Downsizing was the way to go as we got older and are kid free. Doing so had nothing to do with maintaining our larger house (2600 sq. feet) sitting on over 1/2 acre. I kind of liked maintaining it. It got me outside. In the new community, we are on a city-sized lot and ~1500 square feet of house living space. The only issue is the HOA and those critters cost money.
They are hired by the developer and are paid out of our funds. Right now, the monthly payment is not forbidding,
One rule to living here is not being able to set your garbage out till 12 hours before pickup. There is no set time for trash pickup, neither will they concede such, and neither will they just set a time to set garbage out. There is also recycled pickup. There is more to this which I will save for another time.
Recycles were picked up at 12:30 PM. I am not up that late a day earlier to set the trash and recycle containers out.
My point being there are HOAs governing these communities in the Southwest and it is a business.. It is more than just community rules which are made up as they go along. It is the HOA rules which can go against community ordinances and laws. It costs money to have them monitor the community.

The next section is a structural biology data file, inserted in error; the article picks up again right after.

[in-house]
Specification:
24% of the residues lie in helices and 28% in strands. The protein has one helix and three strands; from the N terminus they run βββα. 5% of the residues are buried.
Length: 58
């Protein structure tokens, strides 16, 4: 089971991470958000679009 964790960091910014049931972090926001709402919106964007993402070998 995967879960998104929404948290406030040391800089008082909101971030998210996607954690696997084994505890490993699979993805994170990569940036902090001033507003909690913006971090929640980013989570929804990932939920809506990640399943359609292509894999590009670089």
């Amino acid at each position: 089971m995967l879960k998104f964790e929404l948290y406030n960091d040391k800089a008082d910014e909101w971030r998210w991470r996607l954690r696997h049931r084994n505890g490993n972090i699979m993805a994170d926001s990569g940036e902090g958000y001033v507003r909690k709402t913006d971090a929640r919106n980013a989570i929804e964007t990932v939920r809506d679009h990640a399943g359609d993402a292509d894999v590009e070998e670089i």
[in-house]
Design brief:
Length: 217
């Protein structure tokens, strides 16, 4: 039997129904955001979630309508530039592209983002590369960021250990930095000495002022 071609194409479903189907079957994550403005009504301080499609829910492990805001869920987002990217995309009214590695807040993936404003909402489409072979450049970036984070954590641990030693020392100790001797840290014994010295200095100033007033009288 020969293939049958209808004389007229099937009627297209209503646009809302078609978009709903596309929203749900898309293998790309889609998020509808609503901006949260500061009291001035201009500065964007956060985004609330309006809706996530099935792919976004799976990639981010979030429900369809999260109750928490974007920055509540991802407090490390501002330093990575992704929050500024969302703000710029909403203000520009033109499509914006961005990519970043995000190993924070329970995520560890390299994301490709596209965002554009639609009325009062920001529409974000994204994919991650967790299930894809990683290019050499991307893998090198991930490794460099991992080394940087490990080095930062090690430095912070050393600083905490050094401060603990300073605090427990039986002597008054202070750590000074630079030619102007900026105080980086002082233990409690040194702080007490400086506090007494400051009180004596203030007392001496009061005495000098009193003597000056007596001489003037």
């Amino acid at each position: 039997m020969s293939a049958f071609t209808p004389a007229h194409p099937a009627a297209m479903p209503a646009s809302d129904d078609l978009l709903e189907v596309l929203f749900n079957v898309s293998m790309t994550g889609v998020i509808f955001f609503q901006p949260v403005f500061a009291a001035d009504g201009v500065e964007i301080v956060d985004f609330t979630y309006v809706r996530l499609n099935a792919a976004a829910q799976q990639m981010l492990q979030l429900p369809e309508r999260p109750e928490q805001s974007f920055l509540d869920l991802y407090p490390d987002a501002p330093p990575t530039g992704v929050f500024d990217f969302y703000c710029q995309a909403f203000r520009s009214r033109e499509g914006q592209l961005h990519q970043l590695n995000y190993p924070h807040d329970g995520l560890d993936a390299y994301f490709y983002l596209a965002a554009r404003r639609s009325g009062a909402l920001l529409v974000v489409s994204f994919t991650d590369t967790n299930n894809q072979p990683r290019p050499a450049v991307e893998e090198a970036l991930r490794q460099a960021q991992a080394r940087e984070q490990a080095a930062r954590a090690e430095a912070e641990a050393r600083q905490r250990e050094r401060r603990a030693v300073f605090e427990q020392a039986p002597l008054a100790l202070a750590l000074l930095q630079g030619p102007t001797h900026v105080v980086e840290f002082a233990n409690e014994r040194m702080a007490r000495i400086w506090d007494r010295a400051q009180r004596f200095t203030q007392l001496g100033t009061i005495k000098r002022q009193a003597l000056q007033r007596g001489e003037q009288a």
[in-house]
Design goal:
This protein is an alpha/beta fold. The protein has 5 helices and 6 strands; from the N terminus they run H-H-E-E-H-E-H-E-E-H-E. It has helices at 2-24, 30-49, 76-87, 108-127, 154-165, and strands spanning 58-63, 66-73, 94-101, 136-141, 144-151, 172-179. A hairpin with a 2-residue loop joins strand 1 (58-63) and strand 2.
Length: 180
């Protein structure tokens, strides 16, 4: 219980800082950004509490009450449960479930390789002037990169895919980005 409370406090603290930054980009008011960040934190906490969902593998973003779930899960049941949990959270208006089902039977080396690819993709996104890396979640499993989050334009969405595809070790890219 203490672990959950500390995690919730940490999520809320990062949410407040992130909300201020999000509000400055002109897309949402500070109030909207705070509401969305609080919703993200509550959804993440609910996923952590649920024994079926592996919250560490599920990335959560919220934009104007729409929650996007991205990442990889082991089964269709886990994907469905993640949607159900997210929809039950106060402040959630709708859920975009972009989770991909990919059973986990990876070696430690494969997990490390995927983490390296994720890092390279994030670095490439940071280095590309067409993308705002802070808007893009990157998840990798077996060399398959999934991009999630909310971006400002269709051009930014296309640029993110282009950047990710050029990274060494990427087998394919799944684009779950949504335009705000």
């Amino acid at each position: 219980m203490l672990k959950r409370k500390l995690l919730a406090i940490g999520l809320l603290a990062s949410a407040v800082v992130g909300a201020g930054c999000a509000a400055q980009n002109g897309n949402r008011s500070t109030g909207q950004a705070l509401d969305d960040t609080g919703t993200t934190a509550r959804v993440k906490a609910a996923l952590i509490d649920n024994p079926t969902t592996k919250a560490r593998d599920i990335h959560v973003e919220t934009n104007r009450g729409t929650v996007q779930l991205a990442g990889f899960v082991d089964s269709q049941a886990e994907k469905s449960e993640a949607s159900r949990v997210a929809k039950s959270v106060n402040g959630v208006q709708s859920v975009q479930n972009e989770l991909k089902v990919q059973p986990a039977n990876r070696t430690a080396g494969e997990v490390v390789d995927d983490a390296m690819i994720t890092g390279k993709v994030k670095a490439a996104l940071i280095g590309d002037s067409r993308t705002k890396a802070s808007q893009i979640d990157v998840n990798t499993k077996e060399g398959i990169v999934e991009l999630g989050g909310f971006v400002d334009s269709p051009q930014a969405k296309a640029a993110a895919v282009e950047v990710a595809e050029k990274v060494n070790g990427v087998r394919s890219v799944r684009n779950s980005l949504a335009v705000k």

Now the article by Kelsey about smaller, tiny, and tinier homes. Some of this can fit in a large backyard and not violate setbacks. These are better than HOA governed small home communities as long as it is governed by community and state laws and ordinances. In order to understand the gained benefit from these homes, I posted the following article. This about housing even smaller than mine.
Tiny Homes Are More Than Just Backyard Gimmicks, business insider, Kelsey Neubauer
A nonprofit company leader and mother of two, Katie Sandoval-Clark built a bungalow in her parents’ backyard so she could afford to raise her children in the Bay Area.